Lusaka Commonwealth Walkway

Zambia / Africa

The Republic of Zambia is a landlocked country at the crossroads of Central, Southern and East Africa, formerly known as Northern Rhodesia.  Its neighbour are the Democratic Republic, Tanzania, Malawi, Mozambique, Zimbabwe, Botswana, Namibia, and Angola.  The population is concentrated mainly around Lusaka in the south and the Copperbelt Province to the north, the core economic hubs of the country. Originally inhabited by Khoisan peoples, the region was affected by the Bantu expansion of the thirteenth century.  Following European explorers in the eighteenth century, the British colonised the region into the British protectorates of Barotseland-North-Western Rhodesia and North-Eastern Rhodesia towards the end of the nineteenth century.  These were merged in 1911 to form Northern Rhodesia.  For most of the colonial period, Zambia was governed by an administration appointed from London with the advice of the British South Africa Company.   On 24 October 1964, Zambia became independent from the United Kingdom (the 9th African country to do so) and Prime Minister Kenneth Kaunda (1924-2021) became the inaugural President. Kaunda's socialist United National Independence Party (UNIP) maintained power from 1964 until 1991.  Kaunda played a key role in regional diplomacy, co-operating closely with the United States in search of solutions to conflicts in Southern Rhodesia (Zimbabwe), Angola, and Namibia.  From 1972 to 1991 Zambia was a one-party state with UNIP as the sole legal political party under the motto ‘One Zambia, One Nation’ coined by Kaunda.  Kaunda was succeeded by Frederick Chiluba (1943-2011) of the social-democratic Movement for Multi-Party Democracy in 1991, beginning a period of socio-economic development and government decentralisation.  Zambia has since become a multi-party state and has experienced several peaceful transitions of power. Zambia contains abundant natural resources, including minerals, wildlife, forestry, freshwater, and arable land.  In 2010, the World Bank named Zambia one of the world's fastest economically reformed countries.  The Common Market for Eastern and Southern Africa (COMESA) is headquartered in Lusaka. Fun facts: 
  • Zambia is home to Victoria Falls, which is double the height of Niagara Falls.  
  • It is also home to the Big Five and relies on copper as one of its biggest exports.  
  • Zambia produces around 1.5 million tonnes of copper a year. 
Lusaka: Lusaka is the capital and largest city of Zambia and is one of the fastest developing cities in southern Africa.  As of 2019, the city's population was about 3.3 million, while the urban population is estimated at 2.5 million in 2018.  Lusaka is the centre of both commerce and government in Zambia.  English is the official language of the city administration, while Nyanja and Bemba are the commonly spoken street languages. The earliest evidence of settlement in the area dates to the 6th century AD with the first known settlement in the 11th century.  It was then home to the Lenje and Soli peoples from the 17th century.  The founding of the modern city occurred in 1905 when it lay in the British protectorate of Northern Rhodesia, controlled by the British South African Company (BSAC). The BSAC built a railway linking their mines in the Copperbelt to Cape Town and Lusaka was designated as a water stop on that line.  White Afrikaner farmers then settled in the area and expanded Lusaka into a regional trading centre, taking over its administration.  In 1929 the British colonial administration decided to move their capital from Livingstone to a more central location and Lusaka was chosen.  Town planners including Stanley Adshead (1868-1946) worked on the project and the city was built out over the subsequent decades.  Lusaka lost some of its status to Salisbury (now Harare in Zimbabwe) when the latter became the capital of the merged Federation of Rhodesia and Nyasaland in 1953.  However, this was regained when it was named the capital of the newly independent Zambia in 1964.  A large-scale building programme in the city followed, including government buildings, the University of Zambia, and a new airport.  Wealthy suburbs in Lusaka include Woodlands, Ibex Hill, and Rhodes Park.  This resulted in large-scaled migration of people, which lead to a lack of sufficient housing.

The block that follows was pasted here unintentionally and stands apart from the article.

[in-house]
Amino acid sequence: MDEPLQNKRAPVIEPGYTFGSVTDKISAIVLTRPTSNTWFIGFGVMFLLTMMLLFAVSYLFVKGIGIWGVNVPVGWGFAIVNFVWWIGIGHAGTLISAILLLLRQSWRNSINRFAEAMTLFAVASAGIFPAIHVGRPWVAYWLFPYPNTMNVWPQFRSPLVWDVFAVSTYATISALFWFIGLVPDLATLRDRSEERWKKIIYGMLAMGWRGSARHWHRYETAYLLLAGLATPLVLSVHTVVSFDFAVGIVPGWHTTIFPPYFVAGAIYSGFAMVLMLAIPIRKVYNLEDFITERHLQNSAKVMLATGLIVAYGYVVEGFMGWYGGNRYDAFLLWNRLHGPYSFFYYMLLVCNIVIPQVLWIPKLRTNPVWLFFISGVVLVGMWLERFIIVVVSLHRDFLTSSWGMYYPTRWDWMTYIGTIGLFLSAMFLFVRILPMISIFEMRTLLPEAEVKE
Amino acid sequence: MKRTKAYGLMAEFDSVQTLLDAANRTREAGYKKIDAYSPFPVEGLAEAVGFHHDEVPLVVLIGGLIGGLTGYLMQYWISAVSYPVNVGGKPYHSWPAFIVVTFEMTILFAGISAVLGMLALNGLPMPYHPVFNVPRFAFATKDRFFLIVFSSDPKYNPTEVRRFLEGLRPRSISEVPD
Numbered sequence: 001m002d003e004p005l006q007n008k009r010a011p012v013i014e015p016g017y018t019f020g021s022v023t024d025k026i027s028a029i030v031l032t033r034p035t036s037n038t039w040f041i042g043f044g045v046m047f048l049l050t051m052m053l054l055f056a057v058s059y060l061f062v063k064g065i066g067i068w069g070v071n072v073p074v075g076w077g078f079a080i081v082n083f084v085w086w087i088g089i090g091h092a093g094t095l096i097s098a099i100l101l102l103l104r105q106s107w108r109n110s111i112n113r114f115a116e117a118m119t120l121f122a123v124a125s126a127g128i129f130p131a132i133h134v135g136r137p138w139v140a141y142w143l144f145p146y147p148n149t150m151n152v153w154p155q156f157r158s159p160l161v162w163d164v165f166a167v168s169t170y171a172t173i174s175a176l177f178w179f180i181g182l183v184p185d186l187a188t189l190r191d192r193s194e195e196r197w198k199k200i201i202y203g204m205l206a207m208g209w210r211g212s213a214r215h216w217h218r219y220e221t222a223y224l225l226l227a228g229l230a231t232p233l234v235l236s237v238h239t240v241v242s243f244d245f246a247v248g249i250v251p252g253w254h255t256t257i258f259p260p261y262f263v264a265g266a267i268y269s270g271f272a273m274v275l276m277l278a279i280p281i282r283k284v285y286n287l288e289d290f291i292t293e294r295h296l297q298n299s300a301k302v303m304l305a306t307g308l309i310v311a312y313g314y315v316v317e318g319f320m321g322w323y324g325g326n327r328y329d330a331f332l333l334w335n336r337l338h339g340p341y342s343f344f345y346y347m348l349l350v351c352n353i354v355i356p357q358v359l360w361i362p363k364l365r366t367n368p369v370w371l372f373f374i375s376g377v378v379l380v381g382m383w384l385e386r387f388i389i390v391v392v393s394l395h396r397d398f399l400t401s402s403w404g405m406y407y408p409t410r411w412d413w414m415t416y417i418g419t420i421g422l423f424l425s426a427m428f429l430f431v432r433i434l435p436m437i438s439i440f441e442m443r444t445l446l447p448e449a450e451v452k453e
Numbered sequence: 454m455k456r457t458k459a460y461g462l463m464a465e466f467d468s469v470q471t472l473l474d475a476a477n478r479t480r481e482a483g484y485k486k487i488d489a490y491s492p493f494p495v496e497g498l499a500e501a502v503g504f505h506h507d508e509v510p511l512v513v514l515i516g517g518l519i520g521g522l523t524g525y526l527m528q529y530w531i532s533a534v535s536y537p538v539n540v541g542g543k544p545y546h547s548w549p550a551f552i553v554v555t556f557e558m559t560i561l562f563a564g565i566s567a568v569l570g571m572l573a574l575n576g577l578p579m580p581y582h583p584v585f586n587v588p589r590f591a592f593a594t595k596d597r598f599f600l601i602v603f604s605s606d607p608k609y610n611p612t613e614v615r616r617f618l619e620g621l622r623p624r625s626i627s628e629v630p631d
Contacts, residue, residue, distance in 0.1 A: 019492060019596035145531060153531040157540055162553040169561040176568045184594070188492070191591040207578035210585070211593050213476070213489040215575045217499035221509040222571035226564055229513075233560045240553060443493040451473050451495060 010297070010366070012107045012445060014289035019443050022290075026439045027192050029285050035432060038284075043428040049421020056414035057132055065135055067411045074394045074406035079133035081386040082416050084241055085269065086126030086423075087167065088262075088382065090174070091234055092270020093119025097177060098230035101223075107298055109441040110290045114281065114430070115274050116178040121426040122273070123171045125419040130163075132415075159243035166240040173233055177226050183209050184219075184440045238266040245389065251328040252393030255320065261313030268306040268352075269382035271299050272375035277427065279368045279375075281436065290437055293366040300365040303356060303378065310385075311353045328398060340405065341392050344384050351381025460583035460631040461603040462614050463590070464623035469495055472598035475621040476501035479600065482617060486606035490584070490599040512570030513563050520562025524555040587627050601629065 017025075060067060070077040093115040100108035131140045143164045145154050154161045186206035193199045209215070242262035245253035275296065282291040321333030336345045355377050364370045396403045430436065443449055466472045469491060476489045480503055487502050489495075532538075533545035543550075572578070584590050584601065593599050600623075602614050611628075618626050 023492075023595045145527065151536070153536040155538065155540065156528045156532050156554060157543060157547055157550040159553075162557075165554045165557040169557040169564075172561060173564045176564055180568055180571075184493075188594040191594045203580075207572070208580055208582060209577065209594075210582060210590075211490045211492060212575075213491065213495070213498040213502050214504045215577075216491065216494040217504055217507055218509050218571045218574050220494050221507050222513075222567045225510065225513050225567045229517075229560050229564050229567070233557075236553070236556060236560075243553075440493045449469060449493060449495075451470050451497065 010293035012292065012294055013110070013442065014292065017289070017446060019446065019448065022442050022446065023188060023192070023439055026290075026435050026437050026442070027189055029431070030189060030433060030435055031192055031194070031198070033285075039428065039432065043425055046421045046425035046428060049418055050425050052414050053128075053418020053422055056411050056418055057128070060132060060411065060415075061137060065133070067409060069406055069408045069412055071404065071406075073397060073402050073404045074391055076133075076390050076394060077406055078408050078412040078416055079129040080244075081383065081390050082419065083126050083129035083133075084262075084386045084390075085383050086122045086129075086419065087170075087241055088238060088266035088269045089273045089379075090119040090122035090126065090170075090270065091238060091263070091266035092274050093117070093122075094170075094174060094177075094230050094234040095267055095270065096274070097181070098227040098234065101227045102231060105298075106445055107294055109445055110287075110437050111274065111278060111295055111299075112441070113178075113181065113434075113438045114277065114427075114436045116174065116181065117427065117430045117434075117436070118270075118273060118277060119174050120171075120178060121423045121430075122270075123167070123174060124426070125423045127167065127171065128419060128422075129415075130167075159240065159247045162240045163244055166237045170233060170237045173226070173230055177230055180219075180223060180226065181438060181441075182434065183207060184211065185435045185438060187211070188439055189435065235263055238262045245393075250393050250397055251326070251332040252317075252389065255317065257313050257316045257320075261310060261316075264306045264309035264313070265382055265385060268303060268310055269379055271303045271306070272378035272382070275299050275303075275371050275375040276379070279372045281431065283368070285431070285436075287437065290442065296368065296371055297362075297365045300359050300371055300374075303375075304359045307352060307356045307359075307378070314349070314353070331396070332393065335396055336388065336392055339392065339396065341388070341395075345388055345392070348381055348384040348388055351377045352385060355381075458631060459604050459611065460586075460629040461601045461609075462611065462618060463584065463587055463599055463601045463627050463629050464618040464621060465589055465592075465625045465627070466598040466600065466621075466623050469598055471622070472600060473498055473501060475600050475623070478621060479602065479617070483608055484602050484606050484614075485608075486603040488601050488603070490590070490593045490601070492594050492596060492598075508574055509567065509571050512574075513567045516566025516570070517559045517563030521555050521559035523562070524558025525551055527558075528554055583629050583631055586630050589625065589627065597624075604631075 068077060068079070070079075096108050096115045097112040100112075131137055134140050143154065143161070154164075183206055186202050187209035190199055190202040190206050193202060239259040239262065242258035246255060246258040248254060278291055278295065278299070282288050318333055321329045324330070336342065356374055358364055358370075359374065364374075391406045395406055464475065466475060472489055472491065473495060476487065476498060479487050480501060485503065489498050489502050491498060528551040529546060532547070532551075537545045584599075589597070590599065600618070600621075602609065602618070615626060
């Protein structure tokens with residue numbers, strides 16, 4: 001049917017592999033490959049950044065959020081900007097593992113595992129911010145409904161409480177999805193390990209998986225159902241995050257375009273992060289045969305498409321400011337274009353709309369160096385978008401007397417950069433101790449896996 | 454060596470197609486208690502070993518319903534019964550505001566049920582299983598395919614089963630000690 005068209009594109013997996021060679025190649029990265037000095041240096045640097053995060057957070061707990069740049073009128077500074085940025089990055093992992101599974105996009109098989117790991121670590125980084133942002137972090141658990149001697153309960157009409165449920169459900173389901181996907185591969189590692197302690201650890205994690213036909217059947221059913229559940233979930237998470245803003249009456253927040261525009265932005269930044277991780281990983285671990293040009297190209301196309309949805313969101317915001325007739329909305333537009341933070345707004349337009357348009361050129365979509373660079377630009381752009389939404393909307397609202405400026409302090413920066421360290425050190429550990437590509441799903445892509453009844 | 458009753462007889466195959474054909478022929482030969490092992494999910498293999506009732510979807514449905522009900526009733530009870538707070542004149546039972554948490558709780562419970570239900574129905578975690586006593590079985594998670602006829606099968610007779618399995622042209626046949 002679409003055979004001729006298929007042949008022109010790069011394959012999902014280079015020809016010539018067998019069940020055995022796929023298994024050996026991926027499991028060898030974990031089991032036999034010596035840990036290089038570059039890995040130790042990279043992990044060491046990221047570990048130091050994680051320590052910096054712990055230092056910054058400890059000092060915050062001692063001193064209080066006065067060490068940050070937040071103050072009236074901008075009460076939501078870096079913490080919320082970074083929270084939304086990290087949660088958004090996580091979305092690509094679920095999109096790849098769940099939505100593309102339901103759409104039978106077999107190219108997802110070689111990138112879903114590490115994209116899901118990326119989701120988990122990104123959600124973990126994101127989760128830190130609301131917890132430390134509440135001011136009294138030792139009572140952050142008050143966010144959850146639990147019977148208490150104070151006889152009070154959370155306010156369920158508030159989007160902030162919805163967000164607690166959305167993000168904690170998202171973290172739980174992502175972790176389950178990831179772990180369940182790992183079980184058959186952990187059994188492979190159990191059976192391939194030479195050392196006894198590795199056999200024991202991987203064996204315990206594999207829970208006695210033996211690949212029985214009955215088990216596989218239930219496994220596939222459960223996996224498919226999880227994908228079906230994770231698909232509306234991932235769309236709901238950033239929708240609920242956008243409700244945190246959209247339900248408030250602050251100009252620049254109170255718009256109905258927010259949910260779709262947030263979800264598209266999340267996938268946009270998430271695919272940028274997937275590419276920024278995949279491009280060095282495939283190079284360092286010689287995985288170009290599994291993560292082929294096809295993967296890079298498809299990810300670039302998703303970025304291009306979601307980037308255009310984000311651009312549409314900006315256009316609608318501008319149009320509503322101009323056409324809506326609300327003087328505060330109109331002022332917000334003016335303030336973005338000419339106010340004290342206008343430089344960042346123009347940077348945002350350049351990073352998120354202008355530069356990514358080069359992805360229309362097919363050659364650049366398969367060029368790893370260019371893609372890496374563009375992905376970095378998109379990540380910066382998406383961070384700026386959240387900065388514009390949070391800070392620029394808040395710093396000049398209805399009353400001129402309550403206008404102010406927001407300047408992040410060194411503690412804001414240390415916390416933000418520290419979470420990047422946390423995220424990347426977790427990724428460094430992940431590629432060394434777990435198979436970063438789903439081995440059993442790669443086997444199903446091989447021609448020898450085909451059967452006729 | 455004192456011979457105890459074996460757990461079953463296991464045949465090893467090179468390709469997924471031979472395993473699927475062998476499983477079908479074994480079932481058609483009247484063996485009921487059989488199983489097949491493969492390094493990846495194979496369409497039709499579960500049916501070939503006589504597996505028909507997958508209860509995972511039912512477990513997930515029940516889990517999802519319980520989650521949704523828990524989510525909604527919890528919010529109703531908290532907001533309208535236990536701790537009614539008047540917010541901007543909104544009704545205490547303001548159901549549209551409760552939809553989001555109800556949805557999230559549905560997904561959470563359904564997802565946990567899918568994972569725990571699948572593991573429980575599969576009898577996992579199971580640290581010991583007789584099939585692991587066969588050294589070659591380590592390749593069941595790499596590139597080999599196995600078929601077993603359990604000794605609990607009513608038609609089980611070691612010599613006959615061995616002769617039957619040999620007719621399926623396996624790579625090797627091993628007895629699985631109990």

3.7 miles / 6 kilometres

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